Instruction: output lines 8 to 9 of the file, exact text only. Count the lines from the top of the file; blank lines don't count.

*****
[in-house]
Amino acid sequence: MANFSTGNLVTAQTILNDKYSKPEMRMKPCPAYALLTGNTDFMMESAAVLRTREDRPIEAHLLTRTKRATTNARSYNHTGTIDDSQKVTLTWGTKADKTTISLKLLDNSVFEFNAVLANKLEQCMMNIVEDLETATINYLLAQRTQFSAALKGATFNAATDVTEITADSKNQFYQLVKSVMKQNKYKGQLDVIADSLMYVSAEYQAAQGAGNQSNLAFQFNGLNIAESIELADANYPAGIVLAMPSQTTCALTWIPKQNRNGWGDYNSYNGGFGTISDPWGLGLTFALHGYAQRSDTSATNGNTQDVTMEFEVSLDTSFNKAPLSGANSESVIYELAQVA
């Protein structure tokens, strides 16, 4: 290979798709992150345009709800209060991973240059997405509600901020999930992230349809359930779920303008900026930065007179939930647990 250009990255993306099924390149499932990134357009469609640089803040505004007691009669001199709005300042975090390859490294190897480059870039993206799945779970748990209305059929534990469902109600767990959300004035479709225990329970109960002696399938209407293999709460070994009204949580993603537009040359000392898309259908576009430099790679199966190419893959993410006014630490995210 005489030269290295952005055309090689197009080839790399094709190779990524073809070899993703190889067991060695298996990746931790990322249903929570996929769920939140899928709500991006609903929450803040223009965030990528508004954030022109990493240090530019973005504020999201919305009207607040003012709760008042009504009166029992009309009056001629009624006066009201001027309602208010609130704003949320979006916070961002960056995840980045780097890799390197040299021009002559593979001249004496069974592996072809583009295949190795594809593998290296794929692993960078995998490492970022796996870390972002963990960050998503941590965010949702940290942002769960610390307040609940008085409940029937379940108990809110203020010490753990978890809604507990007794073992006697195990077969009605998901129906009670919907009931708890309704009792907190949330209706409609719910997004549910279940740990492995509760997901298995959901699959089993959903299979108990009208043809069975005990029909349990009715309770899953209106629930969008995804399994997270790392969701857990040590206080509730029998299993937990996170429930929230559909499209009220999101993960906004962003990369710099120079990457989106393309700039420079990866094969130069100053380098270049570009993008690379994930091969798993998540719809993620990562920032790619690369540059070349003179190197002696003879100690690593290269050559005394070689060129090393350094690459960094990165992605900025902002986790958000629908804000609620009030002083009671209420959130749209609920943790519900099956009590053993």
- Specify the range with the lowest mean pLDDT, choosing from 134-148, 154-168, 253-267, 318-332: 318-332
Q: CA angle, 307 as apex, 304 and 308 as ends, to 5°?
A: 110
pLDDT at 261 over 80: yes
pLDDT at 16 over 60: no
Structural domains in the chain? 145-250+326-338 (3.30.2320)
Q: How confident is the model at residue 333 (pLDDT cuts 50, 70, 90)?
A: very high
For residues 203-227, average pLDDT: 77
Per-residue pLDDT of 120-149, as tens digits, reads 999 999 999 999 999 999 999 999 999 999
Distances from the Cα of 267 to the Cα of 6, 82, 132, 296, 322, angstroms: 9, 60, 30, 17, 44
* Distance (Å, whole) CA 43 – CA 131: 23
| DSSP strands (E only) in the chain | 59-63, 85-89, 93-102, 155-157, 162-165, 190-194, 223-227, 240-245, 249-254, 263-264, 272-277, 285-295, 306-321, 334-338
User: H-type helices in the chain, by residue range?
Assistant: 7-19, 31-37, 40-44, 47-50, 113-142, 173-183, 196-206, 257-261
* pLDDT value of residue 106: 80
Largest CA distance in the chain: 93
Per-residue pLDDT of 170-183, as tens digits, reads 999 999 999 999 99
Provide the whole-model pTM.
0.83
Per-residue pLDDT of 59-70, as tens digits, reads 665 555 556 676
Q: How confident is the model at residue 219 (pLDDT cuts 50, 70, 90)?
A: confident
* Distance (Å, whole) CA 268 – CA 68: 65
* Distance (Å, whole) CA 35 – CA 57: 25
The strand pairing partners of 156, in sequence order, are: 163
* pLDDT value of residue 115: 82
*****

pLDDT at 16 over 60: no
Structural domains in the chain? 145-250+326-338 (3.30.2320)